April 1st, 2010
In today’s world we have many issues that have complicated solutions that need to be addressed. While most people are completely misplaced on how to even go about tackling an issue of such large proportions such as global warming, animal conservation, poverty, and the world’s financial crisis just to name a few. These problems have massive foundations that intertwine through all geopolitical and economical structures that stretch around the globe. Today we have the largest most massive communications system in place the world has ever seen, but somehow we don’t even know our own neighbors. You are just one person in a world of six billion and your opinion doesn’t matter, your vote doesn’t count and there is nothing you can do that is going to make a difference. Unfortunately, this mentality is found far too often in our country. We use it as a tool for guilt free consumption that will allow us to climb back into our bubble of “safety” and out of the schism. The world needs more Rachel Corrie’s, more people willing to take a stand, more people who surface their courage to step out of the bubble to make a difference and wither they do or not is not the point. The point is the initial stand he or she chose to take. There is a thin line drawn between courage and stupidity, but without one how could the other exist.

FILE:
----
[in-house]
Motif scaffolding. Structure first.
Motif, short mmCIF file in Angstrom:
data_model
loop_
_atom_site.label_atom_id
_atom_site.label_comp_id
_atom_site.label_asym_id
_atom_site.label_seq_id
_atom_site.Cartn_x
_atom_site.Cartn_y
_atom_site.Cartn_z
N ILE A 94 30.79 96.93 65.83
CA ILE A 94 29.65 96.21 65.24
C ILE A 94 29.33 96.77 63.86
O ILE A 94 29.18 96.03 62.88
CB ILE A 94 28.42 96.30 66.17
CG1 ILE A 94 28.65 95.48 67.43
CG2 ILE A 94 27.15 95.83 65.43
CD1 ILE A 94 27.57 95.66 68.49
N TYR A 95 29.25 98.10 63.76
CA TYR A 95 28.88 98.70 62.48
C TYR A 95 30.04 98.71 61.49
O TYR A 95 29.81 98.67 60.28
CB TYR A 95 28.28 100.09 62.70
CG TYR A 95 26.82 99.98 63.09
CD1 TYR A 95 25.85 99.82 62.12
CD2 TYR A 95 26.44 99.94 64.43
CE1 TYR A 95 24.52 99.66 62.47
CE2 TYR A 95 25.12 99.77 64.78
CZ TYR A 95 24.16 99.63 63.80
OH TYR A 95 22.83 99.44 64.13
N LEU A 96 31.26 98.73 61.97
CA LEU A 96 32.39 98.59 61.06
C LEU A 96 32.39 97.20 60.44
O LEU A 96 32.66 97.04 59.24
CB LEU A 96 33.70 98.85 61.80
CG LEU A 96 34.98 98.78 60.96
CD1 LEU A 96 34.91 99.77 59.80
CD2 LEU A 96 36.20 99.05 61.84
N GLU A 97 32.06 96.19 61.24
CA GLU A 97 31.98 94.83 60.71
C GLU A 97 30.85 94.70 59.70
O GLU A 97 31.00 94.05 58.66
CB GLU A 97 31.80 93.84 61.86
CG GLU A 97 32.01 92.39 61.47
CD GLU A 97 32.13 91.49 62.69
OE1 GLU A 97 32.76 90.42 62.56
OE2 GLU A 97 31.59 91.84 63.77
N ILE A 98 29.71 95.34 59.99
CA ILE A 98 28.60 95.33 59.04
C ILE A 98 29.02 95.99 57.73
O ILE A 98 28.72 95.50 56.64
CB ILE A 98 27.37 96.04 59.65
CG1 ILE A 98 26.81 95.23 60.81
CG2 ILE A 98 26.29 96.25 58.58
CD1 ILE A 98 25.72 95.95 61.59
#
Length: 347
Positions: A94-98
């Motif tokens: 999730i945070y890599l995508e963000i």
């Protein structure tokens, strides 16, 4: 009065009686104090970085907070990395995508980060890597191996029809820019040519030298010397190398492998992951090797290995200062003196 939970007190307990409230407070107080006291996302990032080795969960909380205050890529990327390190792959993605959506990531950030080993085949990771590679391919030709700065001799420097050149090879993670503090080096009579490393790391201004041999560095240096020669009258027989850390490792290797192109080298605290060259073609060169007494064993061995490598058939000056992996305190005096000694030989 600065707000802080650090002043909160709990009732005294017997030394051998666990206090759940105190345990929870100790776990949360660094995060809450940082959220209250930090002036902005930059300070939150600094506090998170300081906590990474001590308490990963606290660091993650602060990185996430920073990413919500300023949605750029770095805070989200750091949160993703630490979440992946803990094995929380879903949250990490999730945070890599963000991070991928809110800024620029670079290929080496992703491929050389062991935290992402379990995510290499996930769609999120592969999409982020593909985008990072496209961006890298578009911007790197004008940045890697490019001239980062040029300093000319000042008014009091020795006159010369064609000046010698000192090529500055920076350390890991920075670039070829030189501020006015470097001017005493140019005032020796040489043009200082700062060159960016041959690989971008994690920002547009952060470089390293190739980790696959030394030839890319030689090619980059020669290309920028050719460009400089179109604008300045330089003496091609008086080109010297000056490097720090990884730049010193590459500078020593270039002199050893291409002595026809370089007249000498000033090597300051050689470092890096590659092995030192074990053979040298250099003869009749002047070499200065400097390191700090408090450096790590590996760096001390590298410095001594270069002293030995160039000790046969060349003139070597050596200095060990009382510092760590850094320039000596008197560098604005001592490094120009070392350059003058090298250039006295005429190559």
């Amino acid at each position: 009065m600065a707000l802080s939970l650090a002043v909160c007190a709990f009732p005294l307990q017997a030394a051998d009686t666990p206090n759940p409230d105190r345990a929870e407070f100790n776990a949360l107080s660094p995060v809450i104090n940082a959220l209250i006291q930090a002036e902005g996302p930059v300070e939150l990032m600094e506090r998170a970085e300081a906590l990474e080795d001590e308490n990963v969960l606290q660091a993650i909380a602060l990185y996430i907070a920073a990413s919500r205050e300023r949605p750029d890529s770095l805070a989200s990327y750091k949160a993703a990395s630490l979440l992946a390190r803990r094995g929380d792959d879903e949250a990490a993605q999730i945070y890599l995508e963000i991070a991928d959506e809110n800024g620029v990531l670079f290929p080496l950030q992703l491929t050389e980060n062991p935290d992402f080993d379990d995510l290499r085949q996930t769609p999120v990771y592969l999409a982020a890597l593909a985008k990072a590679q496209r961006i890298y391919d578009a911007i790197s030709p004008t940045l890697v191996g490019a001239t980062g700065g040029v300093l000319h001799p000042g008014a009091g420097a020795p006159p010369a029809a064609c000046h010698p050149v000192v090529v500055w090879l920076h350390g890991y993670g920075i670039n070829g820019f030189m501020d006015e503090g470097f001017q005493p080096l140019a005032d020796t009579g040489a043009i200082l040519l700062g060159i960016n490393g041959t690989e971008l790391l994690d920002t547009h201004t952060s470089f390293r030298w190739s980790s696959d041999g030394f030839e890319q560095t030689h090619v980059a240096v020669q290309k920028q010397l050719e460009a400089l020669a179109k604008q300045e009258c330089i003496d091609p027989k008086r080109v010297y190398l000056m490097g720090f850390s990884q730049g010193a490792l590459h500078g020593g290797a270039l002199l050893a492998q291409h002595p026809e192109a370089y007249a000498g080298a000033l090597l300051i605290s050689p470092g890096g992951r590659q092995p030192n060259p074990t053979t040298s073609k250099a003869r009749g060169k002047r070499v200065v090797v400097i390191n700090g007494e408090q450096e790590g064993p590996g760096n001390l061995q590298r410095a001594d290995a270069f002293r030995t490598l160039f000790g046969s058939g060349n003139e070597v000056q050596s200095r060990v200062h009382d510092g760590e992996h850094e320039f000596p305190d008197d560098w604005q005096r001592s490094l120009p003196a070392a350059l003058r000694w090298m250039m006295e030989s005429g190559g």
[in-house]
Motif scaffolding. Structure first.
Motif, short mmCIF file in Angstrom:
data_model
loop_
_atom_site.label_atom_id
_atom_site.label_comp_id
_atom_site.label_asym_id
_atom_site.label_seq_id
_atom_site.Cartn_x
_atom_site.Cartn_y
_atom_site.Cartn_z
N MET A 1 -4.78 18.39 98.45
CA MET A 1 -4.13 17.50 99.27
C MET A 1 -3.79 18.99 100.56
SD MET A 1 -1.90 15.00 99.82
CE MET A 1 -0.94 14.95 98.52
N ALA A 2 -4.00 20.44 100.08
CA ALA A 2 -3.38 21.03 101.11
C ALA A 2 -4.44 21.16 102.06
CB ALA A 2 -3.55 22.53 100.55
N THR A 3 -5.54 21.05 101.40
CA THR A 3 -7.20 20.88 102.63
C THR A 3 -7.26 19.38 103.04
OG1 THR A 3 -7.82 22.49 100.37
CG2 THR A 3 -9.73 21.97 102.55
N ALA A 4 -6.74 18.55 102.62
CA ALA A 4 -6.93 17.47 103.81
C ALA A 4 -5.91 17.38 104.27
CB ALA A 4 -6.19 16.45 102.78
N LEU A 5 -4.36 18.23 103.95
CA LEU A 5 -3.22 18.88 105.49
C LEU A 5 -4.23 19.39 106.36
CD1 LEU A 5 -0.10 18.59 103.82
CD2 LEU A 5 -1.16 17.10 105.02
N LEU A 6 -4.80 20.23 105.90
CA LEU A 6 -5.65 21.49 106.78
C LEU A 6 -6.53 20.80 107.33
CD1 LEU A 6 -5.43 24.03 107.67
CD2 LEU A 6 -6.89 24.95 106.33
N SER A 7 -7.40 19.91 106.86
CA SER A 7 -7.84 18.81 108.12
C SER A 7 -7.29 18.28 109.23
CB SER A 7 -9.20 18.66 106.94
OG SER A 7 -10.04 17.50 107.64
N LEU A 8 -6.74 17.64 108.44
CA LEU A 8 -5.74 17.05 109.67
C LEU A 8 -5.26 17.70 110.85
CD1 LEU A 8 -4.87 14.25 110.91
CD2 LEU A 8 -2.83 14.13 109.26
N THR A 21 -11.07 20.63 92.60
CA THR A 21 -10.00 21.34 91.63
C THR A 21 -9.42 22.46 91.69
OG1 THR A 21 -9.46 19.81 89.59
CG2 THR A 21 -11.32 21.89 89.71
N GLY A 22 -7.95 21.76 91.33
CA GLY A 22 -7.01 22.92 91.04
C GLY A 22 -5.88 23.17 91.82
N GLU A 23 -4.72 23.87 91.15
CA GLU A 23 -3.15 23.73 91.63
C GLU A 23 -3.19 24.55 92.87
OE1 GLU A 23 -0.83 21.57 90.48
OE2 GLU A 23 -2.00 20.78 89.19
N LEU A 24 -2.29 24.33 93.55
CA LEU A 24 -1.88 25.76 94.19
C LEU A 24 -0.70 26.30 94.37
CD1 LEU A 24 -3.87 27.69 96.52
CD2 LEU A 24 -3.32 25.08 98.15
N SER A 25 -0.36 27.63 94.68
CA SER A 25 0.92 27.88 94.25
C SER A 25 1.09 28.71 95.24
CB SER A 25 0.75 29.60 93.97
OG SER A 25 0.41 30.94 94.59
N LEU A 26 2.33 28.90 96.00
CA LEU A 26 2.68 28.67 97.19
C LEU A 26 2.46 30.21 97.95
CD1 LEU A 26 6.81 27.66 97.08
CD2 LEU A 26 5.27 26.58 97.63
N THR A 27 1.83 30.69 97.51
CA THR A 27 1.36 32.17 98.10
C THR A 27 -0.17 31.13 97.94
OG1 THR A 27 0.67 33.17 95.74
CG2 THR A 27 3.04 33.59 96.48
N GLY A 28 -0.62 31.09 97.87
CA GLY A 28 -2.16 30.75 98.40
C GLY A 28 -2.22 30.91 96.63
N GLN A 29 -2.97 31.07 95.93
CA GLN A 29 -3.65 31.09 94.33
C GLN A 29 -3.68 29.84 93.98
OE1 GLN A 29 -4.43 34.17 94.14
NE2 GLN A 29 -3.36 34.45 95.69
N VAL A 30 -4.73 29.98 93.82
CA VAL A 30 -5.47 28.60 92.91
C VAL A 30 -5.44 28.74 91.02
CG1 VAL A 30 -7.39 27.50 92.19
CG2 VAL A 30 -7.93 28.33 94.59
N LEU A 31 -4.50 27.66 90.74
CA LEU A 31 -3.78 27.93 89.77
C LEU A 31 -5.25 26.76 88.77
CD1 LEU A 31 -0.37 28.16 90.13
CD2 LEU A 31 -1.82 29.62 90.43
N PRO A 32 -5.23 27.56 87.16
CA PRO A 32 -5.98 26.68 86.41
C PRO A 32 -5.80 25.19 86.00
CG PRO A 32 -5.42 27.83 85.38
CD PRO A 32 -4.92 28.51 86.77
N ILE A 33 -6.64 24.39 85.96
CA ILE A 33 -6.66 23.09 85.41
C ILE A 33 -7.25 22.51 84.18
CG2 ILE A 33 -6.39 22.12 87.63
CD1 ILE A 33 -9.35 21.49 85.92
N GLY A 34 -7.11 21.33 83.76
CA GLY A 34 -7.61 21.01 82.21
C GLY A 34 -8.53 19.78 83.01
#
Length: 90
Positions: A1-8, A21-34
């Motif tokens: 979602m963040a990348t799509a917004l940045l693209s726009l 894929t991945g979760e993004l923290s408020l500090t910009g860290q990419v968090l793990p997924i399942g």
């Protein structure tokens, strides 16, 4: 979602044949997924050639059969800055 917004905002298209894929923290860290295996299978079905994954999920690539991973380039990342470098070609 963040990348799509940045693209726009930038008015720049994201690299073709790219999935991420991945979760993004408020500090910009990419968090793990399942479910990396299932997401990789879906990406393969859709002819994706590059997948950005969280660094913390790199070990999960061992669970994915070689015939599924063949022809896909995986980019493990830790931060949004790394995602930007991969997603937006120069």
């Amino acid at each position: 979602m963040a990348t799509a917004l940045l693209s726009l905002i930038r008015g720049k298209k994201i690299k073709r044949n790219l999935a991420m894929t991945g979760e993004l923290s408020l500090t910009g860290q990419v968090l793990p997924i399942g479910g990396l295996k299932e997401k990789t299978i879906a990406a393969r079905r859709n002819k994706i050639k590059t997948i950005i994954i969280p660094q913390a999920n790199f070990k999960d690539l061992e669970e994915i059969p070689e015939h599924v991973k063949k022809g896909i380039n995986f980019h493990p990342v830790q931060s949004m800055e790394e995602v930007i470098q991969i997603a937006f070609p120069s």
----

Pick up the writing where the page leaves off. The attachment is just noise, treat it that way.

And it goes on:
The class rules hanging from the ceiling in the second grade classroom Rachel talks about her favorite rule which is “everyone must feel safe” (Corrie5). Safety is a nice piece of mind to have especially for a second grader when there are still so many unknowns in the world. What is safety to you or to the person next to you? Do you have the right to safety more than your neighbor does? Of course not, that would just be a selfish act on your behalf. In this world we are all neighbors and we all have the right to safety so why the fear amongst ourselves? It’s nice to see this...